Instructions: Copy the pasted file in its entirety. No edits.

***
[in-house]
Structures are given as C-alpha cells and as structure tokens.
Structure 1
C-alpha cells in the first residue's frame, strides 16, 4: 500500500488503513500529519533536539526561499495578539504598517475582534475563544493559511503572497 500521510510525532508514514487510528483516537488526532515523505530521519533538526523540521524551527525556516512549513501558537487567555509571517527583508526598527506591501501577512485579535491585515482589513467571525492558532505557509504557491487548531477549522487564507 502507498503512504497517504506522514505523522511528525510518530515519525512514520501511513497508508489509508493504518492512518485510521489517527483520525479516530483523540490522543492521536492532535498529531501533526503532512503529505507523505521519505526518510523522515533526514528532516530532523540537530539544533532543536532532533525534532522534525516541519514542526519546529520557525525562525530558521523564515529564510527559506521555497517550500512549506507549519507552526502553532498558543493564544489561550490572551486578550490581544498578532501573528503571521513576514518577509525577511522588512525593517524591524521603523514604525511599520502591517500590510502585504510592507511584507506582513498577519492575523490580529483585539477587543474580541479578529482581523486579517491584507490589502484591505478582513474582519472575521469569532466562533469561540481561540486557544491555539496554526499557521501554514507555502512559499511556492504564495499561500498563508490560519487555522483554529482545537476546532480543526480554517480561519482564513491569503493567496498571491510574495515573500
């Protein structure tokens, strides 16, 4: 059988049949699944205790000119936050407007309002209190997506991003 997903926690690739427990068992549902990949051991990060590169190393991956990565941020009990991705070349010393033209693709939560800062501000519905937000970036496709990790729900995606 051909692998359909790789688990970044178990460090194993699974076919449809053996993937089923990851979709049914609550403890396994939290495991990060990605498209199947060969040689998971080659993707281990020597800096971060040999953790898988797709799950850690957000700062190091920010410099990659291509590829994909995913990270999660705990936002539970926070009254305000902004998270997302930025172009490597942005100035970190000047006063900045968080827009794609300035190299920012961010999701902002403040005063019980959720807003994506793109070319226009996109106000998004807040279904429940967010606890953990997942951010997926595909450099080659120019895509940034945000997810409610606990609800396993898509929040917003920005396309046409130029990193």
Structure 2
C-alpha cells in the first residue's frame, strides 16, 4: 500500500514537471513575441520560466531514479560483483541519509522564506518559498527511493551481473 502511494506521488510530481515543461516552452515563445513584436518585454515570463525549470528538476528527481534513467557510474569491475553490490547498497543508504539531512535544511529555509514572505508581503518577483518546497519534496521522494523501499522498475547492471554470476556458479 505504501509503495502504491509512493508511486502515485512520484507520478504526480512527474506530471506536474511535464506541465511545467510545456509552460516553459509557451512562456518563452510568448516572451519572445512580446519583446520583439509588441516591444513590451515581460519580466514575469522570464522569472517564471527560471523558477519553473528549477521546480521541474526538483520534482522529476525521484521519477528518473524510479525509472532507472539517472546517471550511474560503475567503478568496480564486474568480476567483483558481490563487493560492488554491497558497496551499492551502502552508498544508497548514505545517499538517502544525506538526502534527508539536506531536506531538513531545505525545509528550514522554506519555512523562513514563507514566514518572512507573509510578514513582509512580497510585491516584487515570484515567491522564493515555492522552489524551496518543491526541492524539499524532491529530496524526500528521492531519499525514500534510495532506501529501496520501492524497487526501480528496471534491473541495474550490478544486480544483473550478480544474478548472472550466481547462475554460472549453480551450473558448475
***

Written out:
[in-house]
Structures are given as C-alpha cells and as structure tokens.
Structure 1
C-alpha cells in the first residue's frame, strides 16, 4: 500500500488503513500529519533536539526561499495578539504598517475582534475563544493559511503572497 500521510510525532508514514487510528483516537488526532515523505530521519533538526523540521524551527525556516512549513501558537487567555509571517527583508526598527506591501501577512485579535491585515482589513467571525492558532505557509504557491487548531477549522487564507 502507498503512504497517504506522514505523522511528525510518530515519525512514520501511513497508508489509508493504518492512518485510521489517527483520525479516530483523540490522543492521536492532535498529531501533526503532512503529505507523505521519505526518510523522515533526514528532516530532523540537530539544533532543536532532533525534532522534525516541519514542526519546529520557525525562525530558521523564515529564510527559506521555497517550500512549506507549519507552526502553532498558543493564544489561550490572551486578550490581544498578532501573528503571521513576514518577509525577511522588512525593517524591524521603523514604525511599520502591517500590510502585504510592507511584507506582513498577519492575523490580529483585539477587543474580541479578529482581523486579517491584507490589502484591505478582513474582519472575521469569532466562533469561540481561540486557544491555539496554526499557521501554514507555502512559499511556492504564495499561500498563508490560519487555522483554529482545537476546532480543526480554517480561519482564513491569503493567496498571491510574495515573500
């Protein structure tokens, strides 16, 4: 059988049949699944205790000119936050407007309002209190997506991003 997903926690690739427990068992549902990949051991990060590169190393991956990565941020009990991705070349010393033209693709939560800062501000519905937000970036496709990790729900995606 051909692998359909790789688990970044178990460090194993699974076919449809053996993937089923990851979709049914609550403890396994939290495991990060990605498209199947060969040689998971080659993707281990020597800096971060040999953790898988797709799950850690957000700062190091920010410099990659291509590829994909995913990270999660705990936002539970926070009254305000902004998270997302930025172009490597942005100035970190000047006063900045968080827009794609300035190299920012961010999701902002403040005063019980959720807003994506793109070319226009996109106000998004807040279904429940967010606890953990997942951010997926595909450099080659120019895509940034945000997810409610606990609800396993898509929040917003920005396309046409130029990193």
Structure 2
C-alpha cells in the first residue's frame, strides 16, 4: 500500500514537471513575441520560466531514479560483483541519509522564506518559498527511493551481473 502511494506521488510530481515543461516552452515563445513584436518585454515570463525549470528538476528527481534513467557510474569491475553490490547498497543508504539531512535544511529555509514572505508581503518577483518546497519534496521522494523501499522498475547492471554470476556458479 505504501509503495502504491509512493508511486502515485512520484507520478504526480512527474506530471506536474511535464506541465511545467510545456509552460516553459509557451512562456518563452510568448516572451519572445512580446519583446520583439509588441516591444513590451515581460519580466514575469522570464522569472517564471527560471523558477519553473528549477521546480521541474526538483520534482522529476525521484521519477528518473524510479525509472532507472539517472546517471550511474560503475567503478568496480564486474568480476567483483558481490563487493560492488554491497558497496551499492551502502552508498544508497548514505545517499538517502544525506538526502534527508539536506531536506531538513531545505525545509528550514522554506519555512523562513514563507514566514518572512507573509510578514513582509512580497510585491516584487515570484515567491522564493515555492522552489524551496518543491526541492524539499524532491529530496524526500528521492531519499525514500534510495532506501529501496520501492524497487526501480528496471534491473541495474550490478544486480544483473550478480544474478548472472550466481547462475554460472549453480551450473558448475